• A third risk is that the global recovery is proceeding at different speeds among countries. While the recovery has been faster than expected in the United States and China, as well as in some advanced economies, many emerging and developing countries are falling behind. Not only do they have far more limited fiscal and monetary policy space, they also have more limited access to vaccinations.

Having this as a background, some early lessons can be drawn from the Covid-19 policy response.

  • One major lesson is that in crises there can be large synergies between policies. Let me give two examples here:

First, between monetary and fiscal policies: Accommodative monetary policy has lowered governments' borrowing costs, while fiscal policy has supported the transmission of monetary policy through the provision of loan guarantees. This has greatly benefitted the overall economy over the past 18 months.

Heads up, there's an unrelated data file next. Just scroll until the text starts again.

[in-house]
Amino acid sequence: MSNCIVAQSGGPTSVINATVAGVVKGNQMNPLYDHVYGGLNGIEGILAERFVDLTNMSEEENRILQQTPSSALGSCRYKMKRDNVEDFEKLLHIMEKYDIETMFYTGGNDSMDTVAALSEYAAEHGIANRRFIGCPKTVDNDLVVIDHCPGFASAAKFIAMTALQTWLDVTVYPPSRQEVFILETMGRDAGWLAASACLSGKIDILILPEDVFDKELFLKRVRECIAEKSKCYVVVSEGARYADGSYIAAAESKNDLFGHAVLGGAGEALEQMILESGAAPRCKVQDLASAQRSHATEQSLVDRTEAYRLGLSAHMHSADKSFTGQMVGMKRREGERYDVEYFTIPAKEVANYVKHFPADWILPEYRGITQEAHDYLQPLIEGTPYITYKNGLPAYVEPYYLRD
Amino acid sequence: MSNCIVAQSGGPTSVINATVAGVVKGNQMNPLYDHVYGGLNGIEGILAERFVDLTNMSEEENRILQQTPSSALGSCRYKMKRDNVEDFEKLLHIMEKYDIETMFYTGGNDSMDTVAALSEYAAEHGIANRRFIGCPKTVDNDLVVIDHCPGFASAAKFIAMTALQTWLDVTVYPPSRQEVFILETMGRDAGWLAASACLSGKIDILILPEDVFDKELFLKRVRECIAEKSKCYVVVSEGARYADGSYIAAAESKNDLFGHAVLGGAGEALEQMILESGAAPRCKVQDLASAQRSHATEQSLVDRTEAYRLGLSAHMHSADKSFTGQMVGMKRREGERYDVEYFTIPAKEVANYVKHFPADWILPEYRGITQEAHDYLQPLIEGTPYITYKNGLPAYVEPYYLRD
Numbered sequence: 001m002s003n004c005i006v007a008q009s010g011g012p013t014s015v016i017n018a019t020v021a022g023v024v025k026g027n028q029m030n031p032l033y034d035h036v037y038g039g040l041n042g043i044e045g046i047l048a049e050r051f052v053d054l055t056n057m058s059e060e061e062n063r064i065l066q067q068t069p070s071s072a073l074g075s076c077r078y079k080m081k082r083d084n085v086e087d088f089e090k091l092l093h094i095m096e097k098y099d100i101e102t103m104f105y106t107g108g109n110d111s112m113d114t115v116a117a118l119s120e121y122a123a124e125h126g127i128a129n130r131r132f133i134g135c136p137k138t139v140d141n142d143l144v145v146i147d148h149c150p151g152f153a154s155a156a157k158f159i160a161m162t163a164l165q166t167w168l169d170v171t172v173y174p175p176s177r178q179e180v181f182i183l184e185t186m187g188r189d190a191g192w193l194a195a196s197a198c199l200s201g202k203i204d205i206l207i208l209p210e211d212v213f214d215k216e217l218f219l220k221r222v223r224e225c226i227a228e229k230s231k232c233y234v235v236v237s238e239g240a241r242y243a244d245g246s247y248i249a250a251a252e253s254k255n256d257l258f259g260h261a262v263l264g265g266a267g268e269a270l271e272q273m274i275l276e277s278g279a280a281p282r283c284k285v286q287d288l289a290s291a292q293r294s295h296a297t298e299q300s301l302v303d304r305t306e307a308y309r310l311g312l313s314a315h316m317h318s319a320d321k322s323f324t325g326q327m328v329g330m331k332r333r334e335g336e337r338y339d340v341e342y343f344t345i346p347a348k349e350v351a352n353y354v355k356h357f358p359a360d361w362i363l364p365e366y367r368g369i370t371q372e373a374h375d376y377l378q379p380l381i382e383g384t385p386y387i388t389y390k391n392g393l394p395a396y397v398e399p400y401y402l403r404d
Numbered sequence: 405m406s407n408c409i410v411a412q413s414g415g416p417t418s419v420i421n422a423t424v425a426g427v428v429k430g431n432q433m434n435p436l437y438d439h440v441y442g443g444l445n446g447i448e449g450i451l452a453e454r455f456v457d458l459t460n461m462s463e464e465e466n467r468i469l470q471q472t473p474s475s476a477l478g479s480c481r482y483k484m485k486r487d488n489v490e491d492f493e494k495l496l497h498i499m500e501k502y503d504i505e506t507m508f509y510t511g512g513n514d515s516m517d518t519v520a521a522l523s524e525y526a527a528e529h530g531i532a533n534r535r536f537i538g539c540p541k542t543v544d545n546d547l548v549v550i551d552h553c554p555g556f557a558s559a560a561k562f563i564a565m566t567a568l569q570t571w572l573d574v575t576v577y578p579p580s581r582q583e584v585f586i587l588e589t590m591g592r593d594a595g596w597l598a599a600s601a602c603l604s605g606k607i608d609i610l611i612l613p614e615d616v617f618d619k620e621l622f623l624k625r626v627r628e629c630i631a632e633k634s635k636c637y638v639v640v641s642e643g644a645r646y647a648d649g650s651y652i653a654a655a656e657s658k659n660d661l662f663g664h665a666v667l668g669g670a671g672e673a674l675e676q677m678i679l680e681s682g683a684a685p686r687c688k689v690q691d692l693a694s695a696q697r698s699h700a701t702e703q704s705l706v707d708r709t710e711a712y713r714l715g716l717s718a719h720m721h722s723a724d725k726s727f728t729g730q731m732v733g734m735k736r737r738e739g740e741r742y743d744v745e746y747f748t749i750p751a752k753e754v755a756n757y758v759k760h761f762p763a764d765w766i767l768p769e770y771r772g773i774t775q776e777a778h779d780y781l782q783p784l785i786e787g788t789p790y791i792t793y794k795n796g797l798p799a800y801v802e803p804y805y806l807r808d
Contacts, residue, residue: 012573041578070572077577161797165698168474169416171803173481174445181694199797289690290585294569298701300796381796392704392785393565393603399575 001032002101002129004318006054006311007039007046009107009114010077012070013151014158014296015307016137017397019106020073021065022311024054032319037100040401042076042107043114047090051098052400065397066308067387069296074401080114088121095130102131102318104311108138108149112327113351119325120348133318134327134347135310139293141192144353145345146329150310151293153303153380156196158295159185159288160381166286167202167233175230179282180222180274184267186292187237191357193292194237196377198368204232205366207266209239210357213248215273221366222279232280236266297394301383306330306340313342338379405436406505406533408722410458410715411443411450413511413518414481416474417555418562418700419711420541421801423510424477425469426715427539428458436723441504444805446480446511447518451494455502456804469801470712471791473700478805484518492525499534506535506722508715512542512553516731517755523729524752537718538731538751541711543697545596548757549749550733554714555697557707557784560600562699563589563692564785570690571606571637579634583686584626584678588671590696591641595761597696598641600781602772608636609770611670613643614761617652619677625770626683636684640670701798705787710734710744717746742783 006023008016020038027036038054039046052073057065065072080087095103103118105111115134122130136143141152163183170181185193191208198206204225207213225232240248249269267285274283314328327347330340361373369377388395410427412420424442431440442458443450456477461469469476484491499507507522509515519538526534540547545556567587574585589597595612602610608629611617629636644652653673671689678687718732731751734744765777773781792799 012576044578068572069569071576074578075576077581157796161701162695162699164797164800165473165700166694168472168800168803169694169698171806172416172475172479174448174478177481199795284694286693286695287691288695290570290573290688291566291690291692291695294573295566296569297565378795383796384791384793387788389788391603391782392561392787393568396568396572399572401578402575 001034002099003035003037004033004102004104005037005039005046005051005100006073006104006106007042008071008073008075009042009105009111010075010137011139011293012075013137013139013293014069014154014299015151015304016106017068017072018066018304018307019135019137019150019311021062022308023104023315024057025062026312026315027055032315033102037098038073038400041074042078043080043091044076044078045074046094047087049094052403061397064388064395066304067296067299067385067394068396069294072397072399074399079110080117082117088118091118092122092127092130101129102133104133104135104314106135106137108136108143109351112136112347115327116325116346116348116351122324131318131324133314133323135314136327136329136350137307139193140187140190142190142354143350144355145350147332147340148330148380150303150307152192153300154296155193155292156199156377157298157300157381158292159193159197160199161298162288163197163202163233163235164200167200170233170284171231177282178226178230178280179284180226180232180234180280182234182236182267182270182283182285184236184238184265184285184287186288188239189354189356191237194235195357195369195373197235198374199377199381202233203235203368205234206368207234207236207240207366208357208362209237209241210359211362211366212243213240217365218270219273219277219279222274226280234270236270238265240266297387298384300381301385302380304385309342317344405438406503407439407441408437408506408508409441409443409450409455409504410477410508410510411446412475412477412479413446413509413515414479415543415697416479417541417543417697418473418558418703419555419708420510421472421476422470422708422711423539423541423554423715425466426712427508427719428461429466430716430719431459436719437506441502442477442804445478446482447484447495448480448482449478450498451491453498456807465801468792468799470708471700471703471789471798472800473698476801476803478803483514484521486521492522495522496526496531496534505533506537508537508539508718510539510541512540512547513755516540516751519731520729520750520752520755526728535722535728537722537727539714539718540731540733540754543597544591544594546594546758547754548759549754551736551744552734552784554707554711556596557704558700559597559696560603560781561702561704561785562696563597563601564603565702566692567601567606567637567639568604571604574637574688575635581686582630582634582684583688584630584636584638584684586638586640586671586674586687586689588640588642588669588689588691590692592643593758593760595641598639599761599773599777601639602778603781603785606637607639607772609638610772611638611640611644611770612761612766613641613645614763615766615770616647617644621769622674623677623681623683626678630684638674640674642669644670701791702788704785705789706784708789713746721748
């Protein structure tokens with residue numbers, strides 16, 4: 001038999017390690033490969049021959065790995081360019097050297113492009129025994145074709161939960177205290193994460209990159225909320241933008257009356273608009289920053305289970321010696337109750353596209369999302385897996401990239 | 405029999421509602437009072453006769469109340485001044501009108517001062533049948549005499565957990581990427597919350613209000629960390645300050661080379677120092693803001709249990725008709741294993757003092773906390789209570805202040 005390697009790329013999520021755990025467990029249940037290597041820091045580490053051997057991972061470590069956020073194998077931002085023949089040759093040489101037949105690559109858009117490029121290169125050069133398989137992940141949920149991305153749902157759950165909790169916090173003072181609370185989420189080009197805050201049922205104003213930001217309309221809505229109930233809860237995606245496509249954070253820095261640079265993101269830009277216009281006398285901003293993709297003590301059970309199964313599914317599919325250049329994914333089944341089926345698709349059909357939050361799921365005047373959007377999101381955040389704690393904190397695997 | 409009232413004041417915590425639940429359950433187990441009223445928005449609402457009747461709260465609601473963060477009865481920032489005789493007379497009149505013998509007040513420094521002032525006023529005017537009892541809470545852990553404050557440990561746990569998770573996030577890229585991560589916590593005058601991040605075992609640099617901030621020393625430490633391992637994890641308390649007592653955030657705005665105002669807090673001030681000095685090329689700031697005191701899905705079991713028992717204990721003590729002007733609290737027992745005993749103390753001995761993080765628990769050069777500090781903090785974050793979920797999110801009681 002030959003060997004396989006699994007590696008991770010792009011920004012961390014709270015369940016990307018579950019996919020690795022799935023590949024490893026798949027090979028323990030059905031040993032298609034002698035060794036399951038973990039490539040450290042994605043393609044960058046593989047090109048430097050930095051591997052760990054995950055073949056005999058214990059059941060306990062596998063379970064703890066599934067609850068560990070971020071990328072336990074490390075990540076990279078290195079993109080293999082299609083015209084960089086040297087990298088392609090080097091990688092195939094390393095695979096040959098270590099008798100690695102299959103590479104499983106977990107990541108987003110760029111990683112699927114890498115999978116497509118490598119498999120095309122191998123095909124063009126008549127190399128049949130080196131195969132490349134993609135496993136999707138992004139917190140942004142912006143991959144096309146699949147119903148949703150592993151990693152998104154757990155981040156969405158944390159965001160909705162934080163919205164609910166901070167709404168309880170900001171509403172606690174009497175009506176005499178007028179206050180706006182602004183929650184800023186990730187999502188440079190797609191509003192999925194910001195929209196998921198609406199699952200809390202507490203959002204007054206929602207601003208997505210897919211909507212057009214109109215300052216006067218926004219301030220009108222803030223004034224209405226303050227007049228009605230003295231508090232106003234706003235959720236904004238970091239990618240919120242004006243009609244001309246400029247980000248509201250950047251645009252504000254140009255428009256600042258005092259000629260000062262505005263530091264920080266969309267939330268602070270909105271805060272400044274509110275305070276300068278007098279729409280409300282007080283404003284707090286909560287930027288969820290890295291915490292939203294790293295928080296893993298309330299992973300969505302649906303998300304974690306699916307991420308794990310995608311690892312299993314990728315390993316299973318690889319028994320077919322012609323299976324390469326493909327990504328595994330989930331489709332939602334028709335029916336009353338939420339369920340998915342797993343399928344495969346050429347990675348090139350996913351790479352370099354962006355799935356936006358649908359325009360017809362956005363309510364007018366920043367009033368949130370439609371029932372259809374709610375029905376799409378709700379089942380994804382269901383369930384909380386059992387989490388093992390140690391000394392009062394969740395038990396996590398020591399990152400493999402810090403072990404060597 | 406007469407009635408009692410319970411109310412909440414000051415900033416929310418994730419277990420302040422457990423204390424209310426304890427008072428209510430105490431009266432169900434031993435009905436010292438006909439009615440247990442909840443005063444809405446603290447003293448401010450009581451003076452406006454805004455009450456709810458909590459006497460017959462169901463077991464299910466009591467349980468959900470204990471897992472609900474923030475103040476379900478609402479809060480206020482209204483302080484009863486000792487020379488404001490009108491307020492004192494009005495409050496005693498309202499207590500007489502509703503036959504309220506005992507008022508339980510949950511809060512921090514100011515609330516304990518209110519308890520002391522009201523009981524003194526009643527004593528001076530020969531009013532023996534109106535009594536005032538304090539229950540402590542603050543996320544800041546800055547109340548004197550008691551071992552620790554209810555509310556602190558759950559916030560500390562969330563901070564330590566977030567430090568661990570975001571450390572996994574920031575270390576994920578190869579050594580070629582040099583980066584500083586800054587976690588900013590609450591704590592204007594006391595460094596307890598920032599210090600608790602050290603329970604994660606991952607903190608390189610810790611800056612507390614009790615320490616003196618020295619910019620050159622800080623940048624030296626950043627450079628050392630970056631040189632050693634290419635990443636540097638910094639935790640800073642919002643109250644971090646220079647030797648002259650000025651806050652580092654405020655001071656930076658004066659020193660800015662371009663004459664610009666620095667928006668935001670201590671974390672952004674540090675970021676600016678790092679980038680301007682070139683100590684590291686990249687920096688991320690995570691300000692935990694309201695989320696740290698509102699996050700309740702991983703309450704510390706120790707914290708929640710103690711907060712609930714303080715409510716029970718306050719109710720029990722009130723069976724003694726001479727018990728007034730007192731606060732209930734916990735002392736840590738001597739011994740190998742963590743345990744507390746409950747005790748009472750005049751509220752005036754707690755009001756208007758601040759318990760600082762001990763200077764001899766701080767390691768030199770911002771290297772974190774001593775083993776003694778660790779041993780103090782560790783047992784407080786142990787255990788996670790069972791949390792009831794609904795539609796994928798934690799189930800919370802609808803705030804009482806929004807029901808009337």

Second, between prudential and monetary policies: To help central banks deploy their large-scale asset purchases, national supervisors provided much flexibility, including by temporarily adjusting leverage ratio requirements to exempt central bank reserves. At the same time, central banks' lending and refinancing schemes contributed much to banks' ability to productively channel resources, while maintaining resilience and stability.

  • A related major lesson is the importance of a resilient financial system. Thanks to the Basel III reforms, the banking system entered the pandemic on a much more resilient footing than during the Great Financial Crisis. This is the main reason why banks have been able to maintain the provision of credit and other key services to households and businesses.

Now, looking further out, there are a number of policy challenges.

  • One is the eventual need to normalise fiscal and monetary policies. But normalising policies over the longer term will not be easy. Public debt is at a post-World War II peak. Likewise, central bank balance sheets have only rarely reached similar heights, and then only during wars.